What Should We Pray for in Front Yard Mission?

Steve Lutz
4 min readMay 28, 2021

You know you should pray first, so here are some ideas on what to pray for.

Photo by Pedro Dias on Unsplash

In previous posts, we looked at why we should start with prayer in Front Yard Mission. What then should we pray for? Fortunately, the Bible gives us plenty of direction here. The most fundamental thing to pray for our Front Yard Mission is what Jesus taught us in the Lord’s Prayer. There’s no better prayer to pray over our neighborhood and for our neighbors. When I don’t know what to pray for someone, sometimes I’ll modify each phrase with their name: “Give Bill his daily bread and meet all his needs.” “May Jane become a worshiper of you and know you as Father.”

But within the Lord’s Prayer, there’s no better phrase for your Front Yard Mission than “Your Kingdom Come, Your Will Be Done.” Luke places Jesus’ lesson on prayer in chapter 11, immediately after the 72 go out on mission to many different towns, and after Jesus tells the parable of the Good Samaritan in chapter 10. Jesus teaches them to pray in response to their missional efforts. Their minds and hearts were expanded with kingdom possibilities, so Jesus was inviting them to imagine what it would look like for the kingdom to come and God’s will to be done.

Our Front Yard Mission prayers should also be imaginative exercises. What it would look like for heaven to touch earth in your immediate vicinity? Or even more pointedly, how would it change your neighborhood if Jesus lived next door? If our response is like the disciples’ — and I think it would be — we’d all be ecstatic, then frightened, then purposeful. If Jesus lived next door, wouldn’t you introduce him to everyone you could? Because there’s just no one quite like Jesus. And if Jesus were living on your street, he would be lightening so many of the burdens that your neighbors carry. You know that in a matter of weeks, he would bring life and hope and healing.

“Ok,” you might be saying. “Dream big and pray big. But what exactly should we pray for our neighbors?”

Simple — start with what you see! Get specific. What specifically would be different if Jesus moved into your neighborhood?

  • Which marriages or relationships would be transformed?
  • Which disagreements or resentments would melt away?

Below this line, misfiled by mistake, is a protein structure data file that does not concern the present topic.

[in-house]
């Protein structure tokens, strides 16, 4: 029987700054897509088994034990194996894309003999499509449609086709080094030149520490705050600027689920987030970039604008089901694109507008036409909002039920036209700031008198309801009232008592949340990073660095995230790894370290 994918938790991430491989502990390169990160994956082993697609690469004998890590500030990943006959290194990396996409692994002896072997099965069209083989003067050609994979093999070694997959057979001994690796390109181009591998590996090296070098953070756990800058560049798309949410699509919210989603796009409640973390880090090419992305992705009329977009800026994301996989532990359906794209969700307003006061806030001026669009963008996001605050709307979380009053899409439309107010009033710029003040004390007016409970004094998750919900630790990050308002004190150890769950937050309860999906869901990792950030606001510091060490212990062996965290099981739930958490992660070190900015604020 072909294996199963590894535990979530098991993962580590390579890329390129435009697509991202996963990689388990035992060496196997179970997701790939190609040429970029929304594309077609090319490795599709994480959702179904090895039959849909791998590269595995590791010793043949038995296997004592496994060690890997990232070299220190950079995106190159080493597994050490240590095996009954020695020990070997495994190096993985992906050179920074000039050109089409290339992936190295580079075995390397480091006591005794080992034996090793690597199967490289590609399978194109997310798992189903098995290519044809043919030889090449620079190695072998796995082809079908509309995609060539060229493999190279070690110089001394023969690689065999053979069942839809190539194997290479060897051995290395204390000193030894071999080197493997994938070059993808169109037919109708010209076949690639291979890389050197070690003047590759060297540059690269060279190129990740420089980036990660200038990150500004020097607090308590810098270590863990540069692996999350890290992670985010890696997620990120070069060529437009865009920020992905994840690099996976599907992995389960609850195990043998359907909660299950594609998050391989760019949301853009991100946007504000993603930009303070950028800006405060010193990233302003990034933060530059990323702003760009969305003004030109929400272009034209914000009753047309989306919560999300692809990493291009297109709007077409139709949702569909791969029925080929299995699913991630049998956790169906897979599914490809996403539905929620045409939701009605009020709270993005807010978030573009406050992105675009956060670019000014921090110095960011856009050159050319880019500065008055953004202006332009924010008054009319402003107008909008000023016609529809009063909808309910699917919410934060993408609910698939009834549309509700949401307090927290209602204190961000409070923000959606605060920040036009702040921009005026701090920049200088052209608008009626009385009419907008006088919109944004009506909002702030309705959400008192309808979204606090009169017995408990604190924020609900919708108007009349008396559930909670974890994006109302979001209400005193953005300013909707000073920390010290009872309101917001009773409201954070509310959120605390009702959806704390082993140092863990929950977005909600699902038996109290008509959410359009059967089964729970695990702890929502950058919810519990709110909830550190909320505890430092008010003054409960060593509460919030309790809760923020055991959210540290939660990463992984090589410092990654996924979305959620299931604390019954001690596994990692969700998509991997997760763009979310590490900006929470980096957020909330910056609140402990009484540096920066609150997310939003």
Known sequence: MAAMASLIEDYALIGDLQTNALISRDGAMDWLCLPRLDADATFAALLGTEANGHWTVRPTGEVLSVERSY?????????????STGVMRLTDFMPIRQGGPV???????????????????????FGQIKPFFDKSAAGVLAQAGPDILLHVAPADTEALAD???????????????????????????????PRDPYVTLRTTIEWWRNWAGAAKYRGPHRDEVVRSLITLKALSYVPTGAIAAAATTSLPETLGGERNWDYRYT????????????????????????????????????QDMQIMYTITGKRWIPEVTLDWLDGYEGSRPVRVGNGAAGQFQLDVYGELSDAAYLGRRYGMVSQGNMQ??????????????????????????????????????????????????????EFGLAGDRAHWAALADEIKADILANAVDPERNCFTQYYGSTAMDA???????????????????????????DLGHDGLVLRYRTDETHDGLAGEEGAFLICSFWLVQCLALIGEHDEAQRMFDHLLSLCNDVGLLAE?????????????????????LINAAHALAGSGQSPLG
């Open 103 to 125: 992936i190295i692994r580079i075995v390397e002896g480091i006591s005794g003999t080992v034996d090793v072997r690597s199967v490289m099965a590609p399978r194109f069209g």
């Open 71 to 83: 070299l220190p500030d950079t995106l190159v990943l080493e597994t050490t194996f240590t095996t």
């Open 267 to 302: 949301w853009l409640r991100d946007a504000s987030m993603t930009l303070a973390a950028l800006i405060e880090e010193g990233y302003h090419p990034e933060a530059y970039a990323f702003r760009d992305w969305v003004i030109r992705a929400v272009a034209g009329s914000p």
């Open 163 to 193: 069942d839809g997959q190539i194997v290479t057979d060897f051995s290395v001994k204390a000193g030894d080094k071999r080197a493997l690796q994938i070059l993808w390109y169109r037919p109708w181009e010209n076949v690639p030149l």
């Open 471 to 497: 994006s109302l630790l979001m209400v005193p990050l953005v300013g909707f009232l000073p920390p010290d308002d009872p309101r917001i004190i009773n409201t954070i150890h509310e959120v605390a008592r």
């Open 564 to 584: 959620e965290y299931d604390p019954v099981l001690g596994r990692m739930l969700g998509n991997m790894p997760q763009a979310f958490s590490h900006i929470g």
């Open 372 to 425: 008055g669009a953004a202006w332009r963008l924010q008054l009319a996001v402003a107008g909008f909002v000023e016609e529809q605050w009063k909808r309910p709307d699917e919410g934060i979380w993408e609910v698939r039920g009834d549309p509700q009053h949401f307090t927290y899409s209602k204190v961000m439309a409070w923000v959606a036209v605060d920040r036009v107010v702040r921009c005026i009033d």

• How would the lonely and those suffering on the periphery begin to flourish?
  • What current needs would be met?
  • Who are the poor, those struggling financially or with jobs or with food insecurity, and how would they be blessed?
  • And of course, how would the spiritual climate change? Imagine each of your neighbors as fully devoted Christ followers, then pray for them accordingly.

Because God has placed you in this particular time and place, he can work through you to address all of these things and more. I’m not a big fan of telling people to “Be Jesus” to their neighbors, because you don’t need to “be Jesus.” He already has that covered. He’s alive and seated at the Father’s right hand and is present in your neighborhood through the Holy Spirit. But you can join him in what he’s already doing, and that starts in prayer. Start dreaming, asking, and imagining what it would look like for God to come in power in your neighborhood, then ask the God who does more than we can ask or imagine to do it!

As you pray, don’t stop with “Your Kingdom come, Your will be done.” Scripture is packed with other promises to fuel our prayers as well. When we look Jesus’ instructions to the 72 who were sent to towns and villages in Judah (similar in size to many of our neighborhoods), we see several other things to pray for:

  • Jesus sent them out in pairs (Luke 10:1). Pray for a partner in your Front Yard Mission.
  • Pray for eyes to see the harvest as plentiful (10:2)
  • “Ask the Lord of the harvest, therefore, to send out workers into his harvest field.” (10:2)
  • Pray for God’s care and provision for your needs (10:3–4)
  • Pray that you would encounter a “person of peace,” someone who is receptive to the message of the kingdom and whose influence opens doors to others (10:5–7)
  • Pray for tangible signs of God’s kingdom coming, including healing, and for spiritual receptivity in the places and relationships where God has put you. (10:8–9)

“I have been praying as I walk the loop around my neighborhood. A neighbor came out and shared he has been inspired by seeing me exercise and that moved him to get off the couch that day and be active. We had a nice conversation about ways to build community in our neighborhood…” — Mark

The apostle Paul’s ministry had him constantly moving out in love towards new people God had put in his path. He knew how to pray for these opportunities, and his requests for others to pray for him are helpful to us. For example, his words to the Colossian church are perfect to pray for our Front Yard Missions. If you’re at a loss or in a rut, this is a great way to pray:

2 Devote yourselves to prayer, being watchful and thankful. 3 And pray for us, too, that God may open a door for our message, so that we may proclaim the mystery of Christ, for which I am in chains. 4 Pray that I may proclaim it clearly, as I should. 5 Be wise in the way you act toward outsiders; make the most of every opportunity. 6 Let your conversation be always full of grace, seasoned with salt, so that you may know how to answer everyone. (Colossians 4:2–6, NIV)

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